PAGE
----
Innovative models from informal education leaders like the Boys and Girls Clubs of America, and the 21st Century Community Learning Centers, should have gold-standard access to broadband, new devices, and adults who can guide children’s skill development. Such opportunities have often been reserved for more privileged children, partly because school-provided technologies usually restrict what students can use those technologies to do. Highly successful school networks, like High Tech High in San Diego and Rocketship Education in the Bay Area, demonstrate the power of disrupting the typical academic fare that low-income youth receive in the “dropout factories” that are all too common, particularly in urban centers across the country.

These innovative schools rely on technology enabled, project-based learning or a flipped classroom, in which kids prepare at home with instructional content online. While most digital-equity programs focus on students and schools—for example, the Obama administration’s ConnectEd program—we need to remember that children’s first teachers are their families.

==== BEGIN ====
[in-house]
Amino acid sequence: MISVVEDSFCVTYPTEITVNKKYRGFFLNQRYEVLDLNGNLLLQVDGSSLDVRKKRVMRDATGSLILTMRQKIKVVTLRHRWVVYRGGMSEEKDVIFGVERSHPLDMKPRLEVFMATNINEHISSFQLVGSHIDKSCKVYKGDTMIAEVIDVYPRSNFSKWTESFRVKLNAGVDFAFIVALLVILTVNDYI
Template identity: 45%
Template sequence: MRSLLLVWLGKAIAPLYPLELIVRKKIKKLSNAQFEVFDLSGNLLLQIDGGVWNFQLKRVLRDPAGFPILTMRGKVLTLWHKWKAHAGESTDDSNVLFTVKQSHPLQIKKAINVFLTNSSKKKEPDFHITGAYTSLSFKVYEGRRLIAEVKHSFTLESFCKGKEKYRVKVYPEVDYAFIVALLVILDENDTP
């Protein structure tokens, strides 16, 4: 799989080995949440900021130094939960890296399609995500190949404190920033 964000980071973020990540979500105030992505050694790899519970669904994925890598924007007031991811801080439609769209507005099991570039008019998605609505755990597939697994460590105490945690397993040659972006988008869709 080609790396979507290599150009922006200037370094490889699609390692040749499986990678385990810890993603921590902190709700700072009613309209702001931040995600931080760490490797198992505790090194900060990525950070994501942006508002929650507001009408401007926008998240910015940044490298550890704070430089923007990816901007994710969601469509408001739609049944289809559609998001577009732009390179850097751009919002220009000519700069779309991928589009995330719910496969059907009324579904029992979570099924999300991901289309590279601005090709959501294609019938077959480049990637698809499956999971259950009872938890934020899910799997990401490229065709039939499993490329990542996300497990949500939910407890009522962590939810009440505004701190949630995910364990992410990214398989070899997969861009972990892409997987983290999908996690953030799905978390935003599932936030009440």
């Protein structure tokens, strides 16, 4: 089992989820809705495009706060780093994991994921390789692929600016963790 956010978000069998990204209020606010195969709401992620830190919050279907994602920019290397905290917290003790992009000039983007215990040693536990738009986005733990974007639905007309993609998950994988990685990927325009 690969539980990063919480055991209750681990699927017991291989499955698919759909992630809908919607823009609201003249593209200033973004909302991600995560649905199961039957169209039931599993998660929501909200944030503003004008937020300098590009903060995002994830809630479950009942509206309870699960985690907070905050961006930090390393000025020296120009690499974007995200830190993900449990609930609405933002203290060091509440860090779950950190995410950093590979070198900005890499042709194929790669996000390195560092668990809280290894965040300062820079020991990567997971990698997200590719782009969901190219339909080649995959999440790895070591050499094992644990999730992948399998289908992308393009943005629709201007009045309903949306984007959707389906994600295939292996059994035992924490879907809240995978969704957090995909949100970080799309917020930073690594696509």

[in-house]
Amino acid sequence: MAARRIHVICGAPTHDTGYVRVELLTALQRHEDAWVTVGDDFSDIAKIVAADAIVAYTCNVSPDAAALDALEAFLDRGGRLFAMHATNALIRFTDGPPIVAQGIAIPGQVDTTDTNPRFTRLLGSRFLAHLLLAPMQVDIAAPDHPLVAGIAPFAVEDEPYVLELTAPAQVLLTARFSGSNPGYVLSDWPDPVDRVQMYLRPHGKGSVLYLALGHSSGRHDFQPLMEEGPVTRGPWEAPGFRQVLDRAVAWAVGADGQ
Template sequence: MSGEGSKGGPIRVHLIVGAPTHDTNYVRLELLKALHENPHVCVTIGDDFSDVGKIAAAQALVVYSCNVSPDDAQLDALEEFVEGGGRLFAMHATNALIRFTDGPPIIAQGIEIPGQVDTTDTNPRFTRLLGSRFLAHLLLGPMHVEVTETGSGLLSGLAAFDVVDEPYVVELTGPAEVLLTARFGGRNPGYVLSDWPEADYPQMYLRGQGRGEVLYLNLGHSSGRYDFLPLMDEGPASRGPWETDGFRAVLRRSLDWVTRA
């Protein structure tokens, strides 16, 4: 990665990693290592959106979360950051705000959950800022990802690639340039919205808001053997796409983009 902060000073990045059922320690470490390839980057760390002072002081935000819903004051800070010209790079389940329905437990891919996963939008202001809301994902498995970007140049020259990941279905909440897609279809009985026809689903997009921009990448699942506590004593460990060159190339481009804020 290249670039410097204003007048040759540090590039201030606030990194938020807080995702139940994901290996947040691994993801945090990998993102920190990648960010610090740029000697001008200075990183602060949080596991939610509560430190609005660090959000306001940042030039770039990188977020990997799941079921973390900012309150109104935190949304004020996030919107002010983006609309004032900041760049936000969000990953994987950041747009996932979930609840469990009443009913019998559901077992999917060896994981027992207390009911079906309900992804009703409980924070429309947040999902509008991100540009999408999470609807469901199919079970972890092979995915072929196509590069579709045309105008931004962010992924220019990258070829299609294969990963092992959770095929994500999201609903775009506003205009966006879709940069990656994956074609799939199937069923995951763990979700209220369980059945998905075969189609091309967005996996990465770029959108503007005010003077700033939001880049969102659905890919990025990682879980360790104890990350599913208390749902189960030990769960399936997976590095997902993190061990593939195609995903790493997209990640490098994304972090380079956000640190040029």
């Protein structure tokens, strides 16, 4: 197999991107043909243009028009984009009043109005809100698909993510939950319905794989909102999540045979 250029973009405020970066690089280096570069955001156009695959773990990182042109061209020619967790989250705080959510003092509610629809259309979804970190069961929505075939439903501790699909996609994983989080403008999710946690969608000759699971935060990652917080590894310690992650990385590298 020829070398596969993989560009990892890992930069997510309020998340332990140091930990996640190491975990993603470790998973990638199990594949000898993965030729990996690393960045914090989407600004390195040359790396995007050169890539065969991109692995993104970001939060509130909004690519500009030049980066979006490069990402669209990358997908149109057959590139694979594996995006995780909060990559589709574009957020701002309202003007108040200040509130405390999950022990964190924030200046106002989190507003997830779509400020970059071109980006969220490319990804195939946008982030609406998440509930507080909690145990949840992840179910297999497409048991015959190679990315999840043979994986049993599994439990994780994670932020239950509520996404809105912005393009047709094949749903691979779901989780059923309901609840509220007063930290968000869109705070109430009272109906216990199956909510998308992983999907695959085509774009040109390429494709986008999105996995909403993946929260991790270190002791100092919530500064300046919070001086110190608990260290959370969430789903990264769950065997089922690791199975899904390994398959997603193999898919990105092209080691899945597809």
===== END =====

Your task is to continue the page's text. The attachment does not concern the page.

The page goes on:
We also found that children often engage online content with their parents, helping to broker their families’ connections to resources that support their engagement with their adopted environments. The FCC has always been charged with ensuring that Americans have access to information they need to fully participate in civic life; net neutrality is an important part of keeping that promise.